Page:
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Chapter Ten - The Second Phase: Developing a Systematic Structure for Guiding New Inquiry and Explanation c.1870– c.1895

Published online by Cambridge University Press:  02 March 2021

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Summary

Philosophy of History

Friedrich Nietzsche (1844– 1900)

Nietzsche's On the Advantage and Disadvantage of History for Life (1874) is a guidebook for how an individual should develop his or her own vision of the history in which they stand. Nietzsche's reputation as the calling upon absolute individualism in decision making squares with the understanding of Rousseau, as well as, of course, other thinkers in any initial phases of a metaparadigm. But, the clarity of his formula for constituting a meaningful history for oneself is unparalleled. I will show that formula in Hayden White's spiral return to that theory in our current metaparadigm in his The Practical Past (2014), which rather than a menu to follow, carries out this exercise himself, in a third phasal self-inquiry.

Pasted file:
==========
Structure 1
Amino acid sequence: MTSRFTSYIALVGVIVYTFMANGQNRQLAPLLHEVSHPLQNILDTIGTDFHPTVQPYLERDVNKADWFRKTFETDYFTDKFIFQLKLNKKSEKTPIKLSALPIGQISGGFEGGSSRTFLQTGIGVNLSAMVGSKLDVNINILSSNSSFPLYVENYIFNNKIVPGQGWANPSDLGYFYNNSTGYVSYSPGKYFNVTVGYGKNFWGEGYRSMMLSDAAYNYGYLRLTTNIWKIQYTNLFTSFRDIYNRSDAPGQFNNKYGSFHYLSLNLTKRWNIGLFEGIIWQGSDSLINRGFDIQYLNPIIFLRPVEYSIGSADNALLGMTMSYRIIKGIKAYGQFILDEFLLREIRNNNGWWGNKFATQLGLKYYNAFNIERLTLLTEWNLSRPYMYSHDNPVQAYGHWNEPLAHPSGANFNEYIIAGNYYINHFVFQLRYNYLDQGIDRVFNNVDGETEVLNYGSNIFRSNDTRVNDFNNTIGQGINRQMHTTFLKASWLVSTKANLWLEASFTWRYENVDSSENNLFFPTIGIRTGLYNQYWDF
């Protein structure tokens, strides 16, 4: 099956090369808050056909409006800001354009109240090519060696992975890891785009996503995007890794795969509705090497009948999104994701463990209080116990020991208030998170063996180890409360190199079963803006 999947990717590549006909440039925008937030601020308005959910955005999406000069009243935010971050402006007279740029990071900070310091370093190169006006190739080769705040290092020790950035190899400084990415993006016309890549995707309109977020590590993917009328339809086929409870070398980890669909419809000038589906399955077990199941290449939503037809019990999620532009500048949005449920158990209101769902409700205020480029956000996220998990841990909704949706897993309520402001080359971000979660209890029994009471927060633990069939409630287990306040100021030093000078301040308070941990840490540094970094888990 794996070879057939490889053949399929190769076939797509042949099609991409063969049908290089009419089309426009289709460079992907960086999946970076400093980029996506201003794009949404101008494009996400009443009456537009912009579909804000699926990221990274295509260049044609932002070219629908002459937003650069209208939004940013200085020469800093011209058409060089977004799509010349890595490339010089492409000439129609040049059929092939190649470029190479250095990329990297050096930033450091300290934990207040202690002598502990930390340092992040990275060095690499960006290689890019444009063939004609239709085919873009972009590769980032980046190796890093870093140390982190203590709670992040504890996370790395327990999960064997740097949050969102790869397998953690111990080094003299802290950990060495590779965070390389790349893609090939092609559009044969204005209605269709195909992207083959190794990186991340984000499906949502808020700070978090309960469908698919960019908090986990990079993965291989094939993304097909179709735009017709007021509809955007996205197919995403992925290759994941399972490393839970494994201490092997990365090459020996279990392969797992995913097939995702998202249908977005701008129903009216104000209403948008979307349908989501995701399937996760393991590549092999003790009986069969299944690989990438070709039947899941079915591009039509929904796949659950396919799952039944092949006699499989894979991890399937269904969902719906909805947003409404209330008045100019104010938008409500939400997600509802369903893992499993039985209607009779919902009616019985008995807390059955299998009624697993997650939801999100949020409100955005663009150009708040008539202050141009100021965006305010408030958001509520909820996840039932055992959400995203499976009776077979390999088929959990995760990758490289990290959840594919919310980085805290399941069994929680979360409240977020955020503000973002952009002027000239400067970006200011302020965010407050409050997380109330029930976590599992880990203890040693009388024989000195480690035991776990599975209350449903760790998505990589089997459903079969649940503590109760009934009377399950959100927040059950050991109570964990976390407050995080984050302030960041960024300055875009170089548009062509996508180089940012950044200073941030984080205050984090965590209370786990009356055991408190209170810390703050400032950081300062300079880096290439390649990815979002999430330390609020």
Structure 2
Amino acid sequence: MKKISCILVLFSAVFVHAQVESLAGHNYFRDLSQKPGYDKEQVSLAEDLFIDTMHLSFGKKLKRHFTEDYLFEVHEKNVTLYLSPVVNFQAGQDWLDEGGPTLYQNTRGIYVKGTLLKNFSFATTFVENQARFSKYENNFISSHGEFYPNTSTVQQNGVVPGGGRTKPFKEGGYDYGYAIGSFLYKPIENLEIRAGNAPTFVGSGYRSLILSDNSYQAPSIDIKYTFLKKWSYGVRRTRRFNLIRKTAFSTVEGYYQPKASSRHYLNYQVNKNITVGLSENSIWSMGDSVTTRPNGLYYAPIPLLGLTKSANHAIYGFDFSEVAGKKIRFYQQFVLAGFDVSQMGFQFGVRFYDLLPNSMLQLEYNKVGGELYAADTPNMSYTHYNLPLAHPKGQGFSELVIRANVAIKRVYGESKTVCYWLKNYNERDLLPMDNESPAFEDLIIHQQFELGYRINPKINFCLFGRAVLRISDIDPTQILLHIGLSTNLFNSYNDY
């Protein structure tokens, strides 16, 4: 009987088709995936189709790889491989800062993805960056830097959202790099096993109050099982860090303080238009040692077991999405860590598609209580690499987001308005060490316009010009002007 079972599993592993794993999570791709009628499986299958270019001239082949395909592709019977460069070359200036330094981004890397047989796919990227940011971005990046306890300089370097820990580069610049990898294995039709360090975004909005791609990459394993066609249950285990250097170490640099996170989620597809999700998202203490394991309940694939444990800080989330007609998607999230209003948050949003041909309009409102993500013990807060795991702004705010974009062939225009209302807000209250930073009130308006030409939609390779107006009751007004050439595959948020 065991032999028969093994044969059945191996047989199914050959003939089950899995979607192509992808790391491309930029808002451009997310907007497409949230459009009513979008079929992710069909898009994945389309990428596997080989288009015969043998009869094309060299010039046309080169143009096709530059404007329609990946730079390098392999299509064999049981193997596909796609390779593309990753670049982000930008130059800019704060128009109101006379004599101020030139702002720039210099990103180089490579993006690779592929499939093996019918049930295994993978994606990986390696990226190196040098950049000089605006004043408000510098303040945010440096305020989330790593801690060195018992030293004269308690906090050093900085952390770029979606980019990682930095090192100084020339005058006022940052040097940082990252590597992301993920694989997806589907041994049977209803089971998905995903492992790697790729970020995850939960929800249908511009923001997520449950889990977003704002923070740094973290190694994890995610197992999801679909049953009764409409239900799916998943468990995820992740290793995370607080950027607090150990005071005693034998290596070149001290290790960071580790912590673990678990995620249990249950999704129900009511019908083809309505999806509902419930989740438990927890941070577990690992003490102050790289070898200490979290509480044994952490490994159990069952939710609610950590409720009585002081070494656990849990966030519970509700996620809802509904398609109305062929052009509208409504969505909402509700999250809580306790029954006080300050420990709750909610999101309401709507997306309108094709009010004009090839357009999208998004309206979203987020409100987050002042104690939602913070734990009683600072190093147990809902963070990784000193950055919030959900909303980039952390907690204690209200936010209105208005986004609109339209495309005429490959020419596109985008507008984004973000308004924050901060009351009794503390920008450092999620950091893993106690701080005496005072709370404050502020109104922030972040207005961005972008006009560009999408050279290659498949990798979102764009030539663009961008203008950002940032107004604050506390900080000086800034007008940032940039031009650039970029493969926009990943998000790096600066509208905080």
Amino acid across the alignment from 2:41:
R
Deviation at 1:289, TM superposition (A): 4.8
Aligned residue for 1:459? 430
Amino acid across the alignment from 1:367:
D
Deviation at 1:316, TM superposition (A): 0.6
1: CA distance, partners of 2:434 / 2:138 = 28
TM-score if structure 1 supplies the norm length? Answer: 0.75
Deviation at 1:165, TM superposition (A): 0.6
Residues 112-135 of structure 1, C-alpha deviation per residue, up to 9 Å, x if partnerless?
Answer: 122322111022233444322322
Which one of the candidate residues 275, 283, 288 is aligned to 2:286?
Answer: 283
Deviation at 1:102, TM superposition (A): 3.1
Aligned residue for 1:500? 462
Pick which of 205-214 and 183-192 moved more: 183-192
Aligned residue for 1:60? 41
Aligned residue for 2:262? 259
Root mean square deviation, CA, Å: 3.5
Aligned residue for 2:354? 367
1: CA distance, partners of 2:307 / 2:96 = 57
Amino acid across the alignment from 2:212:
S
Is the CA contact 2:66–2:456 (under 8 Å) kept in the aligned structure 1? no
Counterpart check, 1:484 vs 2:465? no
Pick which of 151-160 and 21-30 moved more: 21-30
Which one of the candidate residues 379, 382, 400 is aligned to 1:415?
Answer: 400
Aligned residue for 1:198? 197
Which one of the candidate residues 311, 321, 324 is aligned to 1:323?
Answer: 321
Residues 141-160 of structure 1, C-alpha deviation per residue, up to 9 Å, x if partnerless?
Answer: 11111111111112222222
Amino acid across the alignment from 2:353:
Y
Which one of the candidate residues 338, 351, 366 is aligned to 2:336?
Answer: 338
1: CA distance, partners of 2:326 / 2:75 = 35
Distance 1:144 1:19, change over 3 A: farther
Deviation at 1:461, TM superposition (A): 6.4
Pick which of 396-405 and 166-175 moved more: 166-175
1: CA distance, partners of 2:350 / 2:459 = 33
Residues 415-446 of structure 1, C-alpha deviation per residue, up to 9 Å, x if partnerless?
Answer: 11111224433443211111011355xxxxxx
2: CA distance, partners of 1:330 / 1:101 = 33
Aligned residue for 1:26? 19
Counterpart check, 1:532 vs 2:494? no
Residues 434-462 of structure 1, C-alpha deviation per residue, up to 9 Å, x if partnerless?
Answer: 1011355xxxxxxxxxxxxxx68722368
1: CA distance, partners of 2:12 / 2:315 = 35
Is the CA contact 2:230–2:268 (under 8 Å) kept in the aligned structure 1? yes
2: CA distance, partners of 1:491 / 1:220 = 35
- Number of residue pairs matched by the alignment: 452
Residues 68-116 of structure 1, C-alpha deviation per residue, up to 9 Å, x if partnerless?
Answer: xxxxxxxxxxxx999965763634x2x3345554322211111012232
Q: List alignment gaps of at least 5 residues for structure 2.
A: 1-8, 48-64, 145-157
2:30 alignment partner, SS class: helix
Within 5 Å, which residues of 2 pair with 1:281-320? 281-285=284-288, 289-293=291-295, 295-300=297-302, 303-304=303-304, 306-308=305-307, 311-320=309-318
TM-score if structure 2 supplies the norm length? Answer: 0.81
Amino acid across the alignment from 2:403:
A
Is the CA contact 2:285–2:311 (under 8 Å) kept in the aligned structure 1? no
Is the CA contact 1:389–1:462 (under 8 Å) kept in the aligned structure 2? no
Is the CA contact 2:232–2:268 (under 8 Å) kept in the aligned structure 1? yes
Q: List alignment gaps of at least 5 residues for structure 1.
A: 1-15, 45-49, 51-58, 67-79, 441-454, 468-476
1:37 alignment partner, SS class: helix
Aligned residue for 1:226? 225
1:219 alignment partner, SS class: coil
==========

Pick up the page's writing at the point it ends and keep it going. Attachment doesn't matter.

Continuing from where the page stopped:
There are three steps to Nietzsche's model for a self-formulated history. The first is to select monumental events or event-periods that in a chronological line connect you to that ongoing societal history of which you are a part. As a metaphor, one could call this a discernment of a chain of mountains. That is, the second aspect of the model is to go down the slopes of those mountains, discerning a plethora of factual events that explain the reasoning that enables you to understand in a comprehensive fashion why “that mountain” is so vital for the chronological of which you are a part. Nietzsche calls that exercise the antiquarian, a practice by some historians that is isolate in itself, simply a pursuit of certain lines of facts without a collocating concept to a larger whole of which it is a member. For example, coin collectors of a period, or, war historians of a period. The third step is coexistent with the initial two, which is to be guided by a critical understanding (or theory) in your selection of the mountain chain and the facts that compose its slopes.

Armed with this knowledge, one is prepared, in Nietzsche's understanding, to change history as one sees his or her duty insofar as they themselves are “agents” of history.

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The Metahistory of Western Knowledge in the Modern Era
Four Evolving Metaparadigms, 1648 to Present
, pp. 167 - 176
Publisher: Anthem Press
Print publication year: 2021

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